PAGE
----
You’d better budget for that baby

When I was having my first child, my friends and family were very concerned.

Knowing my penny-pincher nature, they weren’t sure I would buy much of anything for my newborn. So they threw me a shower. I received some wonderful and thoughtful gifts.

Michelle Singletary writes the nationally syndicated personal finance column, “The Color of Money.” View Archive

But you know what?

Most of the clothes and items were barely used. My baby girl — born 19 years ago this month — grew so quickly that I couldn’t get her into the outfits fast enough. Some she wore once or twice. Expensive educational toys were ignored in favor of jingling car keys or the cardboard boxes the items came in. Gadgets and products that promised to make it easier to care for my baby often just got in the way.

I’m saying all this because if you’re expecting, focus your finances on the big-ticket items, such as day care. Consider this sobering news from the U.S. Agriculture Department, which releases an annual report on the cost of raising a child. A middle-income family with a child born in 2012 and earning between $60,640 and $105,000 can expect to spend about $241,080 until the child is 17 for food, shelter and other necessities. For a family earning less than $60,640, expect to spend $173,490. A family earning more than $105,000 can expect to spend $399,780.

After the cost of putting a roof over the head of your child, the next biggest expenses you will face are for care and education, including babysitting, day care, books, fees and supplies. If you send your child to private school, add the cost of elementary and high school tuition to that list.

The average annual cost of care for an infant in a day-care center can range from $4,863 in Mississippi to $16,430 in Massachusetts, according to a report last year by Child Care Aware of America. Depending on your state, the average cost of full-time care for an infant in a day-care center ranges from 7 percent to about 19 percent of the state median income for a married couple with children, the report adds. In 2012, in 31 states and the District of Columbia, the average annual cost for an infant in center-based care was higher than a year’s tuition and fees at a four-year public college, according to the organization.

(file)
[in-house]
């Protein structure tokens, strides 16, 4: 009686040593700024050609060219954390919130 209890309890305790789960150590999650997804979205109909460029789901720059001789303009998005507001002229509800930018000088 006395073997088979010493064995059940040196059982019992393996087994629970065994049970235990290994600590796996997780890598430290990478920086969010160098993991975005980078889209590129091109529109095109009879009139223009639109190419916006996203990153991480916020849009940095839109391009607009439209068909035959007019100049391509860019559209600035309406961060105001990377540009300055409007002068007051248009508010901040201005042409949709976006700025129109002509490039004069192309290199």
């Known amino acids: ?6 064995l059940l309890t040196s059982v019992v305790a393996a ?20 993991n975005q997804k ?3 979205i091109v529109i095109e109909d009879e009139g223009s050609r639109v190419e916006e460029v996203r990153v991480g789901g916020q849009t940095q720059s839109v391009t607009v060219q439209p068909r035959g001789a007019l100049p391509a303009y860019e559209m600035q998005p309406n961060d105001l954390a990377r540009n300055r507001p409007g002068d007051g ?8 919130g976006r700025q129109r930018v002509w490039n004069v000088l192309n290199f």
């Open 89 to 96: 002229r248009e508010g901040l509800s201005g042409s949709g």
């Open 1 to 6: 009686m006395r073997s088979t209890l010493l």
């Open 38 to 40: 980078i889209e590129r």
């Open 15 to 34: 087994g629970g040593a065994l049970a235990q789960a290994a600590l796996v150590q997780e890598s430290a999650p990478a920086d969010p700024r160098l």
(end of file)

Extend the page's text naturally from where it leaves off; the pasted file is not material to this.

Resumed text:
You can go to usda.gov and search for “cost of raising a child.” The calculator can be tailored to give you an estimate of your costs based on where you live, your household size and income. You can compare what you spend with the national average.

Here are some steps you can take to budget for your little bundle:

Baby step 1: Start collecting information. Before you can calculate costs, you need to know price. Don’t wait to find out after the baby arrives. Check out the major expenses, from diapers to day care.

Baby step 2: Baby-proof your budget. How are you going to pay for the expenses of raising a child? Either you’re going to make more money or you’ll have to cut current expenses, or both. If it’s only the latter, something’s got to give. There are a number of free sites that calculate budgets online. One of the most popular is Mint.com, which also includes articles to help you save. In particular, search for the posting on baby gear money traps, which lists diaper wipe warmers and baby kneepads among other unnecessary items.

Baby step 3: Dump the debt. Do as much as you can to get rid of it so that you can have more money for baby expenses. I favor a debt-buster method in which you list all your obligations, starting with the one with the lowest balance. Throw any extra money at that debt while making the minimum payment on the rest. When you’ve paid off one, move on down the list.

Baby step 4: Build a savings safety net. Just like you have to baby-proof your house, you need protection in case of emergencies. Start or build up an emergency fund aiming for three to six months of living expenses.

Baby step 5: Start saving for college soon after the baby is born. In fact, when people ask what you need or would like, tell them you would love a contribution to your child’s tax advantaged 529 college savings plan (but only if they ask and insist on getting the baby something). One of the best sites for information on 529 plans is Savingforcollege.com.

Right about now you might be thinking, “A pet would’ve been cheaper.”

Just kidding. As the mother of three, I know you’ll receive priceless joy from having children. Just plan and be prepared for the stuff that costs money.

Readers may write to Michelle Singletary at The Washington Post, 1150 15th St. NW, Washington, D.C. 20071 or singletarym@washpost.
com. Personal responses may not be possible, and comments or questions may be used in a future column, with the writer’s name, unless otherwise specified.To read previous Color of Money columns, go to postbusiness.com.

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